27. 27.  Information on refugees settling in SESIAHS on class 200 and 204 (refugee) visas provided by the Department of Immigration &Citizenship  Settlement services link families with designated GPs: - 138 (100%) screened - 12 children of refugee background on sponsored visas also screened  Of 150 children screened in the first 30 months (to September 2009): - 85 of African origin - 59 of South East Asian origin - 5 of Middle Eastern origin After 30 months…
    28. 28. Health problems detected African (n=85) SE Asian (n=59) Under-immunity to hepatitis B 57% 36% Active Hepatitis B 5% 2% Serum Ferritin <20 36% 20% Anaemia 18% 9% Positive TB specific antigen 15% 14% Malaria 8% 2% Schistosomiasis 26% 3% Strongyloides 6% 0% Rubella not immune 15% 20% Measles not immune 15% 7% Required MMR vaccine 27% 25% 25-OH Vitamin D <50 nmol/L 24% 16% Hepatitis C 0% 0% High rates of treatable and largely asymptomatic conditions in a complete cohort of newly arrived refugee children reinforces the need for a universal national screening program in Australia.
    29. 29. Can we improve ?  Screening of mental and developmental health?  What about long term?  A longitudinal study of refugee children has commenced to assess the long term physical and mental health, as well as the developmental progress.
    30. 30. Assessment of the health and well being of refugee children on arrival and at 6 - 12 months of their settlement J Paprckova1,2, K Zwi1,2, K Williams1,2, L Woodland3, J Lane3,4 1 Department of Community Child Health, Sydney Children’s Hospital 2 School of Women & Children's Health, University of New South Wales 3 Multicultural Health Service, SE Sydney and Illawarra Area Health 4 University of Wollongong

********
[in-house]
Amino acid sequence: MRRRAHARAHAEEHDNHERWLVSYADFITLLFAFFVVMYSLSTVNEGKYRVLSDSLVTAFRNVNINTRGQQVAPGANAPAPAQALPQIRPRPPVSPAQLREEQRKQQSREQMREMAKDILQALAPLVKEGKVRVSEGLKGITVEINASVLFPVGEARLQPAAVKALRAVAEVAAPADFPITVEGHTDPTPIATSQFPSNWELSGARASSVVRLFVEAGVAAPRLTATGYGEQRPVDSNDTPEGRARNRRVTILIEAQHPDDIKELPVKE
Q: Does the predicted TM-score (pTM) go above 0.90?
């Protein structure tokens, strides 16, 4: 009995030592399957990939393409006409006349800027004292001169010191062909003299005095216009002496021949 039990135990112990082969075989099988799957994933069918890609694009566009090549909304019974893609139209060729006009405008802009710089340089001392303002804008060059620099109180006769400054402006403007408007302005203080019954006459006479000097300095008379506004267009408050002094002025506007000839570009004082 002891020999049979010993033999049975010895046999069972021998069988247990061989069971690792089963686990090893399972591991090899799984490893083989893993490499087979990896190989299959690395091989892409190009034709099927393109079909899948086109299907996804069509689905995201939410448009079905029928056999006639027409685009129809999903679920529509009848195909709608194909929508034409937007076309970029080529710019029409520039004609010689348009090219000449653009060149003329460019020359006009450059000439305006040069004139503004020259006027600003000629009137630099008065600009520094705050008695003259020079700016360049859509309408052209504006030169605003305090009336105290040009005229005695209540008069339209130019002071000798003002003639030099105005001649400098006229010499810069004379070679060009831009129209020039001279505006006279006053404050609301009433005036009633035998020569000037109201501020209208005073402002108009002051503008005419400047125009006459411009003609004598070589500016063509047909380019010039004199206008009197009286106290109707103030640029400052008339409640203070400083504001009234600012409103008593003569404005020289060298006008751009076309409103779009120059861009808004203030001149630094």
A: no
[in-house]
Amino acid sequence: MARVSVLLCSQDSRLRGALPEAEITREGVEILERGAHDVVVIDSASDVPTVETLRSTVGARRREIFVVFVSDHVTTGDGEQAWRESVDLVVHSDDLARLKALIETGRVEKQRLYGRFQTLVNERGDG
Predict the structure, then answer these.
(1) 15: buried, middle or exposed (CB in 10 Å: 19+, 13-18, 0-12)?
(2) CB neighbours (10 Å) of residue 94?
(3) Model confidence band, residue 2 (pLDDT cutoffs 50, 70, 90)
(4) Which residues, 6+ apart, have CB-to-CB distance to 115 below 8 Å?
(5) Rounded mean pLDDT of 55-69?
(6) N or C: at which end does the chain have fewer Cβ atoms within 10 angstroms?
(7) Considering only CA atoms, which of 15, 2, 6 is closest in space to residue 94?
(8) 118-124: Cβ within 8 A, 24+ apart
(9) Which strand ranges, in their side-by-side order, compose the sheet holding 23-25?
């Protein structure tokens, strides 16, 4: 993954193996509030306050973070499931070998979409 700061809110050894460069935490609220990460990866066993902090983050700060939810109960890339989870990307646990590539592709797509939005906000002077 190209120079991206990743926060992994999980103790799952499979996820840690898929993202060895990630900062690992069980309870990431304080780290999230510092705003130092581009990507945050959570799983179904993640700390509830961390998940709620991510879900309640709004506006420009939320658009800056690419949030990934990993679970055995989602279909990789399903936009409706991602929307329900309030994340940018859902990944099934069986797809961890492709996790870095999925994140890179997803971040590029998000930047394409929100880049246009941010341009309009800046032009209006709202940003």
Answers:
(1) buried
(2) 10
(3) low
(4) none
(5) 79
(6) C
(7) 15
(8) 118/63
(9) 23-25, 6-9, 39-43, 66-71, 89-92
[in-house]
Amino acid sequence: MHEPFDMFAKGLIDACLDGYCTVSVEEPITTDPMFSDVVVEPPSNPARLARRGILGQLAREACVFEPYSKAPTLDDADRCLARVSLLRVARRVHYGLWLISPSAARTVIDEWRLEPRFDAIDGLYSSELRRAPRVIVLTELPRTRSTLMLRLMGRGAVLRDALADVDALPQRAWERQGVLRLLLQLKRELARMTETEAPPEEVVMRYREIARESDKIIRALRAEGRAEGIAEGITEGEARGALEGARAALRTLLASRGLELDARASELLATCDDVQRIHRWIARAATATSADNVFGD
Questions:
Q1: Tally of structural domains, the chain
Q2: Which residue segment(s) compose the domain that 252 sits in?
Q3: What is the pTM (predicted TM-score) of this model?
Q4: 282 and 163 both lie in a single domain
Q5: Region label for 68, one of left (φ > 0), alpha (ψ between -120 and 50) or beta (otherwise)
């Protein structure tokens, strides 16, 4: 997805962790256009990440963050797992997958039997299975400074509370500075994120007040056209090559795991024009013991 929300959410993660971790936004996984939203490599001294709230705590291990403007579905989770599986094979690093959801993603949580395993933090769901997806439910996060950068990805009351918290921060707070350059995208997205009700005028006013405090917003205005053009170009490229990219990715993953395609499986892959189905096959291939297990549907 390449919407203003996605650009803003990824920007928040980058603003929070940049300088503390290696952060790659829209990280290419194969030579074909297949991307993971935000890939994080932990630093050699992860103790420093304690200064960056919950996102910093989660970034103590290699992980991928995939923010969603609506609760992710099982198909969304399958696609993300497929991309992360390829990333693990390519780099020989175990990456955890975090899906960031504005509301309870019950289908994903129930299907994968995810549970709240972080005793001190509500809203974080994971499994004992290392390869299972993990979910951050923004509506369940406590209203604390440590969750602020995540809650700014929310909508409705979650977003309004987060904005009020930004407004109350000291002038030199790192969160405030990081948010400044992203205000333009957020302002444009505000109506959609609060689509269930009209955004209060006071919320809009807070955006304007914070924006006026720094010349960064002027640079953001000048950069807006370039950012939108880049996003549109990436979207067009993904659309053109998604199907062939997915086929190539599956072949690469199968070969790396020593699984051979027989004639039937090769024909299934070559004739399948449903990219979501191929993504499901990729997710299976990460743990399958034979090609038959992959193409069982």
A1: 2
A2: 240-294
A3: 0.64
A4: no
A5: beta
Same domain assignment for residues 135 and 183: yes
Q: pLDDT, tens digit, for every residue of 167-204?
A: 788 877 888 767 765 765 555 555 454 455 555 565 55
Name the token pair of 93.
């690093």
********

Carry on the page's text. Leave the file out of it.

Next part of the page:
31. 31. Significance  Existing research suggests that, while many refugee children display remarkable resilience and adaptability, mental health problems are often persistent, especially PTSD.  Little is known, about the contribution that physical ill health make to the psychological outcomes in this population.  The assessment at 6-12 months and broadens the comprehensiveness of the evaluation to include standardised development and mental health measures.
    32. 32. Significance  Extends the follow-up period to 1 year, as opposed to the initial screening only.  This will provide a more complete view of the child’s health status and better understanding of the holistic health needs of refugee children.  Study will add valuable information to the existing evidence base in this group of children.  Opportunity to identify any requirements to develop appropriate services especially, in the mental health area.
    33. 33. Objectives  Describe the health status of refugee children on arrival to Australia and assess their physical health, psychological well-being and development at 6 to12 months after their arrival.  Document their existing health conditions, evaluate their health care requirements and access to the services in our area.  Explore which pre- and post- arrival factors contribute to favourable health outcomes.  Address the health needs identified with recommendations for development of appropriate services, and further enhancement of existing programs.
    34. 34. Study population  Approximately 60 children (0-16 years)  Arriving in Australia from June 2009  Settling within the catchment area of SESIH  Recruited through the existing SESIH Refugee Health Program
    35. 35. Methods  Prospectively following a cohort of newly arrived refugee children for 12 months.  Describing health status, development and psychological wellbeing of refugee children on arrival and at 6 -12 months after the arrival.  Prevalence of identified conditions will be compared with Australian prevalence data and with the evidence reported in the international literature.